Eerie Evening Tours at Kensington Palace

This is the way that the King and his visitors would enter his State Apartments. The staircase walls and ceiling are painted with William Kent’s vivid, life-sized portrayals of George I’s court and its various characters.

Kensington Place is opening its doors after dark to lead us on a spooky tour through the shadowy world of Kensington Palace after dark, by lamplight. When all the gates are locked and the lights are out, are the memories of royal heartbreak and tragedy still echoing through the empty rooms of Kensington Palace? Death, disease, love and loss – explore 300 years of secrets led by one of the Palace Explainers (guides to you and me).

Here’s what the Palace says: ‘Explore empty staircases and hidden passageways to the gloomy splendour of the shadowy State Apartments where former monarchs lived, died and – some say – haunt. Hear about the gruesome medical maladies of residents past, from William III’s fatal horse-riding accident to Queen Caroline’s horrific final hours, and see the Privy Chamber where, on blustery October nights, it is said George II can be seen staring out at the weathervane as he did in the lonely days just before his death, waiting for the wind to change and bring news of his beloved German homeland. Elsewhere in the palace, the gentle rhythmic creaking of thread and wool is often heard echoing through the courtyards and corridors after dark, reputedly the sound of Princess Sophia’s spinning wheel – this Georgian princess was banished to Kensington in disgrace following an illicit pregnancy, and spent the rest of her life in solitude with just her spinning wheel for company.’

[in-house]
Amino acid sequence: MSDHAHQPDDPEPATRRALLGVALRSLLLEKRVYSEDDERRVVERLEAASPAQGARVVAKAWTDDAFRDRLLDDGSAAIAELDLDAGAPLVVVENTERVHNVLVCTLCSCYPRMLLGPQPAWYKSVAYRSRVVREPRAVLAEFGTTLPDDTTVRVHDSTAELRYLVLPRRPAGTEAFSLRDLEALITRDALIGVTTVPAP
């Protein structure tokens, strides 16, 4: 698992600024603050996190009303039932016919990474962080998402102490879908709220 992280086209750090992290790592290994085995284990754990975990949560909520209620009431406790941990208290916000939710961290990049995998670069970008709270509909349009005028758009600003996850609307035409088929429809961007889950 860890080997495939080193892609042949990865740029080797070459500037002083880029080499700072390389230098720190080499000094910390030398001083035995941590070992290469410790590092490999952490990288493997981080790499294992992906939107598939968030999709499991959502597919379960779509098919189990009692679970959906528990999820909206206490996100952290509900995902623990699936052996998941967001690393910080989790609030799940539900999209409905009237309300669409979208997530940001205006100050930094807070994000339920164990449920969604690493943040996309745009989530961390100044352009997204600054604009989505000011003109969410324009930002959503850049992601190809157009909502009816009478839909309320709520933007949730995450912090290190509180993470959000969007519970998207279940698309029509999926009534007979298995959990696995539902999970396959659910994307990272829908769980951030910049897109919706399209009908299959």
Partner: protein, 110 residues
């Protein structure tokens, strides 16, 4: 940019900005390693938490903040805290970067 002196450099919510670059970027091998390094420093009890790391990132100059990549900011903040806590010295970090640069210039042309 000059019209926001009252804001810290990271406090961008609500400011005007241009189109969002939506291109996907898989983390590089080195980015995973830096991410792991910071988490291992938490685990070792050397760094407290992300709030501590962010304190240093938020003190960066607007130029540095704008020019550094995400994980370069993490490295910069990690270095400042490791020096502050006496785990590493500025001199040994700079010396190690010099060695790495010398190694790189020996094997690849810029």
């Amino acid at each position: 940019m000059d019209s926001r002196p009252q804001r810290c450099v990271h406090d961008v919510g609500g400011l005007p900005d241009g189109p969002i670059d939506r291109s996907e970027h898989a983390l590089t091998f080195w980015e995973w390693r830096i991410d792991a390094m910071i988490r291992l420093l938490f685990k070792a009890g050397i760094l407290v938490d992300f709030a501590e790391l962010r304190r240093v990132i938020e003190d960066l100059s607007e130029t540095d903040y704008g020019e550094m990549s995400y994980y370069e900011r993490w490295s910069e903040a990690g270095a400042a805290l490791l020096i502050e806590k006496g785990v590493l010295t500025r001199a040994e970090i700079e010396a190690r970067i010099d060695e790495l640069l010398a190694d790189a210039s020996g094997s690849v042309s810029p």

As well as these sorrowful tales, delve into the Victorian obsession with life after death and discover how so many people of all ranks and backgrounds became convinced that conversing with the dead was possible. Did Queen Victoria herself attempt to contact the spirit of her beloved husband Albert?

Eerie Evening Tours on 29th, 31st October, 12th December 2015 (includes glass of mulled wine and a mince pie) and 8th, 15th and 22nd January. 6.45pm – 8.15pm,  £27.50 (minimum age 16) and you’ll need to buy tickets before you go at KensingtonPalace


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